What Is Chamomile?
Chamomile is derived from the Greek words chamos (ground) in reference to its low-growing characteristics and melos (apple). Fresh chamomile blossoms are often described as having an apple-like scent.

The two primary types of chamomile are German chamomile (Maricaria recutita) and Roman chamomile (Anthemis nobilis).

The dry flower of chamomile contains approximately 120 secondary metabolites, comprising terpenoids and flavonoids, which contribute to its medicinal properties.

Chamomile is also well known for its essential oils with a pleasant aroma. It is used extensively for supplementing cosmetic products and in aromatherapy for its calming effect.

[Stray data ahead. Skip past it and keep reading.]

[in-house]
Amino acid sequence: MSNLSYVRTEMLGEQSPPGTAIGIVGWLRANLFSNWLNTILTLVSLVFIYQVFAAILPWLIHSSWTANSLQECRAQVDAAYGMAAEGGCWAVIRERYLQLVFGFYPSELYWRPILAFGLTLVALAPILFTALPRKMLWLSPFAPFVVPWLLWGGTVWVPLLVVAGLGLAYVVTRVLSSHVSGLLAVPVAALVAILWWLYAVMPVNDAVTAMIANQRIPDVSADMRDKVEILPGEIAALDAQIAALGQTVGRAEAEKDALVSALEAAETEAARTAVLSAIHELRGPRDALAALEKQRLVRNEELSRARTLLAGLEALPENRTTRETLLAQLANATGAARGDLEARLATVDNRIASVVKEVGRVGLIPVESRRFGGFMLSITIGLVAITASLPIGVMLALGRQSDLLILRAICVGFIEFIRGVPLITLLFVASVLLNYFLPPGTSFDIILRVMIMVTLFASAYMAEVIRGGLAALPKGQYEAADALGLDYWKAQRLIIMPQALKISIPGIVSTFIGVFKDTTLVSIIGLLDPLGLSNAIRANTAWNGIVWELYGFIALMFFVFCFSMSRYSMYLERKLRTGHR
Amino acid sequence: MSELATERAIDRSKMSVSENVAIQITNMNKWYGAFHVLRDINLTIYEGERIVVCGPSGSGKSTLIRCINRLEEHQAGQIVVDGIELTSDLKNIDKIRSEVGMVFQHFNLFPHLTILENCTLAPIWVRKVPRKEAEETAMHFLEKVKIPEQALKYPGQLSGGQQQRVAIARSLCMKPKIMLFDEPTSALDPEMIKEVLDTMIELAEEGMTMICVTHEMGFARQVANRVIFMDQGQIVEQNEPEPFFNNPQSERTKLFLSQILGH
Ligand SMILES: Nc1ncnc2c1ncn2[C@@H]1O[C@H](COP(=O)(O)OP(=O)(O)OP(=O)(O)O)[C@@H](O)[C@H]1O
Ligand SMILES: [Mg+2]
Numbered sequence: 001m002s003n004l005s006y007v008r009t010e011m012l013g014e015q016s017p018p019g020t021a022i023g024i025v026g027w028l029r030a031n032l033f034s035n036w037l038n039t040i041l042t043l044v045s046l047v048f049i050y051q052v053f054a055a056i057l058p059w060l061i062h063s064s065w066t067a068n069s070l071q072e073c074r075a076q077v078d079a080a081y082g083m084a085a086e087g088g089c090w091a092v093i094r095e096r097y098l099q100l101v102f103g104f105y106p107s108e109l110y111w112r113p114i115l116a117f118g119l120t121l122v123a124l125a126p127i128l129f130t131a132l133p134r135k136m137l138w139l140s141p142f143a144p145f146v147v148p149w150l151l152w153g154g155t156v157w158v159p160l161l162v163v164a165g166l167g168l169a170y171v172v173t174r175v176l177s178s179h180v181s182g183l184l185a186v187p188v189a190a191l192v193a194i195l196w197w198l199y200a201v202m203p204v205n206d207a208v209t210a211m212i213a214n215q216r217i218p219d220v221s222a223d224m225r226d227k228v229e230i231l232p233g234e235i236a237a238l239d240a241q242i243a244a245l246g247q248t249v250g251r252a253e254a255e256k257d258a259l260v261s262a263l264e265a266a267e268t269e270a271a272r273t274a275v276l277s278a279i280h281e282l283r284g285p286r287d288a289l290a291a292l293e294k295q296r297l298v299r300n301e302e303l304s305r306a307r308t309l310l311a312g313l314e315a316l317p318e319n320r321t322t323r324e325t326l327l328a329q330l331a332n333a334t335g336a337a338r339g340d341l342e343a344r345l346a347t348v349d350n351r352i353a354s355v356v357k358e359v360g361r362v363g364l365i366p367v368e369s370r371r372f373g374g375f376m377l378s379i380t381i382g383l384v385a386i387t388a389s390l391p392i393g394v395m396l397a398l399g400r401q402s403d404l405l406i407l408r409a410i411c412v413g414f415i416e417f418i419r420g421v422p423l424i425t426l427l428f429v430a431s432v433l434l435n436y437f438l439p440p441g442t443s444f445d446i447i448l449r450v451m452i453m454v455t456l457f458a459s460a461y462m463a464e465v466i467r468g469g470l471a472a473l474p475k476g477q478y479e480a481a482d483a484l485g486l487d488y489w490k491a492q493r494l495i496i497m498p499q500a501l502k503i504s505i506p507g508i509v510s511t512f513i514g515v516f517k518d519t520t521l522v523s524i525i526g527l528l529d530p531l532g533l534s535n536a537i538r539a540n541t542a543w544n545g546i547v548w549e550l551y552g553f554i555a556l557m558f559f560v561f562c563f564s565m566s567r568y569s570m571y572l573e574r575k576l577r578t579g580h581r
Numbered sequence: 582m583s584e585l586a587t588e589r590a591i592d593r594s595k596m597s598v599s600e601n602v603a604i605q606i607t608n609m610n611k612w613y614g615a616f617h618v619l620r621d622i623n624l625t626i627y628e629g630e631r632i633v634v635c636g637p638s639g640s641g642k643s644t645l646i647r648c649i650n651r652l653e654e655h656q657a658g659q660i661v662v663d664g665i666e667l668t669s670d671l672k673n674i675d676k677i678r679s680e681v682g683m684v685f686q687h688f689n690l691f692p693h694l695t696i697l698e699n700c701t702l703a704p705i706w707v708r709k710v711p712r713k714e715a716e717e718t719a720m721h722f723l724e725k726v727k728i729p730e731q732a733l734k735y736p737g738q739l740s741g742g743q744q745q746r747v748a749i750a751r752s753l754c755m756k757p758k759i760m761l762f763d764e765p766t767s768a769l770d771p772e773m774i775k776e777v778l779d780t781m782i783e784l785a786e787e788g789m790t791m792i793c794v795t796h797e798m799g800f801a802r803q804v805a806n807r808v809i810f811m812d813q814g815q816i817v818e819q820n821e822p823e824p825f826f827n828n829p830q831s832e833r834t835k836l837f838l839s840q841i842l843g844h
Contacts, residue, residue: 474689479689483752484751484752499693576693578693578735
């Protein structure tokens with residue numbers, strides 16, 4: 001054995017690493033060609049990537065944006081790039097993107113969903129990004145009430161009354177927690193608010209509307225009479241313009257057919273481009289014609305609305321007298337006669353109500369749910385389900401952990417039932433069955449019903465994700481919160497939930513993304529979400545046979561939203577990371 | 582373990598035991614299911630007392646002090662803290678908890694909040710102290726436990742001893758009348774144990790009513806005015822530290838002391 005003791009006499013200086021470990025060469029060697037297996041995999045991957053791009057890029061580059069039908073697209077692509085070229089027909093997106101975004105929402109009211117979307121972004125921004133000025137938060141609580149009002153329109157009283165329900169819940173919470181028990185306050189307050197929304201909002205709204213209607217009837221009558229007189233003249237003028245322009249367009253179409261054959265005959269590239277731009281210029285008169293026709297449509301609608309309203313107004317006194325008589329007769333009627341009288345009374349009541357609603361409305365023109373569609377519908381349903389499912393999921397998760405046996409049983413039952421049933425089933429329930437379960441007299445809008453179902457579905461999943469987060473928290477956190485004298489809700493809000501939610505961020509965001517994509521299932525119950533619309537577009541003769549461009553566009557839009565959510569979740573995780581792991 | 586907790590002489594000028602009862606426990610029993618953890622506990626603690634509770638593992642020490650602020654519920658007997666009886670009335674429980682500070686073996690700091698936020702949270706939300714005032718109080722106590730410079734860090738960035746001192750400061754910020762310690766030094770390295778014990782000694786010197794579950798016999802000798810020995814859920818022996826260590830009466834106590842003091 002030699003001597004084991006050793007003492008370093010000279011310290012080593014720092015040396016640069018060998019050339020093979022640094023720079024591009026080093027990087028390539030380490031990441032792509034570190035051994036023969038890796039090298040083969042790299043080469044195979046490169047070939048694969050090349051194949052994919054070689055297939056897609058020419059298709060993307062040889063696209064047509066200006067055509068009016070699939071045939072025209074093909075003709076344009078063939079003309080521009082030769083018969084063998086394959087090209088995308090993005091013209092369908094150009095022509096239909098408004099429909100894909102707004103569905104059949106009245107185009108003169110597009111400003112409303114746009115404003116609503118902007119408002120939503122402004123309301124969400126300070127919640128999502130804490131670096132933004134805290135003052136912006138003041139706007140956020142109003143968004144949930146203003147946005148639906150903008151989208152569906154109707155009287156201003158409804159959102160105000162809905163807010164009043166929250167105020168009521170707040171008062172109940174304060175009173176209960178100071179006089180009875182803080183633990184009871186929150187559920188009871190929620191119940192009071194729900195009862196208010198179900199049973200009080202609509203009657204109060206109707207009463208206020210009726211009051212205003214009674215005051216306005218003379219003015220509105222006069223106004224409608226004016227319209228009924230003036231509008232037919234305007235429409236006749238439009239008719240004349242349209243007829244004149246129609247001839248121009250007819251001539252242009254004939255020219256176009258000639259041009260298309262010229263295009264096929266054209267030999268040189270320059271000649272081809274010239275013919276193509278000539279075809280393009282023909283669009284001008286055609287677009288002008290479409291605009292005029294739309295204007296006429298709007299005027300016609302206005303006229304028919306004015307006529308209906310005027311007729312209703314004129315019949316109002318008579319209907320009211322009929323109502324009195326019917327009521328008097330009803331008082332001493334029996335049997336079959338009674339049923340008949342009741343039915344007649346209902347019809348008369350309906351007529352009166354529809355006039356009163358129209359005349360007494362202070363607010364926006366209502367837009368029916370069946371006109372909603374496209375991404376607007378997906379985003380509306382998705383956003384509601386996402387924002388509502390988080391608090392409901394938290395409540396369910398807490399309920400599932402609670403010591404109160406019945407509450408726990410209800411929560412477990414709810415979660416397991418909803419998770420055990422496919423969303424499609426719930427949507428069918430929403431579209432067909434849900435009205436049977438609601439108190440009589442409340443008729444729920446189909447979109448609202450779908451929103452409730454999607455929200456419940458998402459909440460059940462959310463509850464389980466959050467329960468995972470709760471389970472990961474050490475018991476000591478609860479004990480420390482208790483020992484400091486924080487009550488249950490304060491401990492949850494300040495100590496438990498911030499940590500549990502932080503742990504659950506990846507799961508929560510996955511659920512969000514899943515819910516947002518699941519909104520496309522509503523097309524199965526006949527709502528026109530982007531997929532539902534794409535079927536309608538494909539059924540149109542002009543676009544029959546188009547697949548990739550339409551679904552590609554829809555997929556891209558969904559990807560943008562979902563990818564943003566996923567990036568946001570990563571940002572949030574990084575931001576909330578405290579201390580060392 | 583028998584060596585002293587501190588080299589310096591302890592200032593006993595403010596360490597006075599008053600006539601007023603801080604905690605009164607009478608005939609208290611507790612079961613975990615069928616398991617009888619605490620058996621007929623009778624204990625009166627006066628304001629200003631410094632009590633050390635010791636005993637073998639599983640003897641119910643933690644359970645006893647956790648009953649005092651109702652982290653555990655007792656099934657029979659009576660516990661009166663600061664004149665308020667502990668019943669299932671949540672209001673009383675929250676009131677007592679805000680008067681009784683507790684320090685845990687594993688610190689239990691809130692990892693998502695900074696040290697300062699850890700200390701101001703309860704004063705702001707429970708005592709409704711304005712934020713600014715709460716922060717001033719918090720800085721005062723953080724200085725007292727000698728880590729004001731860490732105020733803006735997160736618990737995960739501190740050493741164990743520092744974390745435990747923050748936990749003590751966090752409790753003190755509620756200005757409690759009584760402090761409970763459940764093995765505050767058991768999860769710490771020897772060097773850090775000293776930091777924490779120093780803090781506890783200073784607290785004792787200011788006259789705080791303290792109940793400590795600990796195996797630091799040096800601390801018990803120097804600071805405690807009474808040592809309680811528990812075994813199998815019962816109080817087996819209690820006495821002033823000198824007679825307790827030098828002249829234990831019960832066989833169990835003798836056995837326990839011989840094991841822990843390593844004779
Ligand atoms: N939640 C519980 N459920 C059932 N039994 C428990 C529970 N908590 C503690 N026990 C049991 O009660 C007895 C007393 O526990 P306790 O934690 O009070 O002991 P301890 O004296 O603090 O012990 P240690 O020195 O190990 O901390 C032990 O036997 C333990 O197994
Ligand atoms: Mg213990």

In rare cases, chamomile may result in an allergic reaction or irritation upon contact. Those who are allergic to other members of the aster family (ragweed, asters, chrysanthemums) may also be allergic to chamomile. Chamomile has also been reported to interact with the immunosuppressive drug cyclosporine. In addition, coumarin, which is a component of chamomile, may amplify the effects of warfarin.

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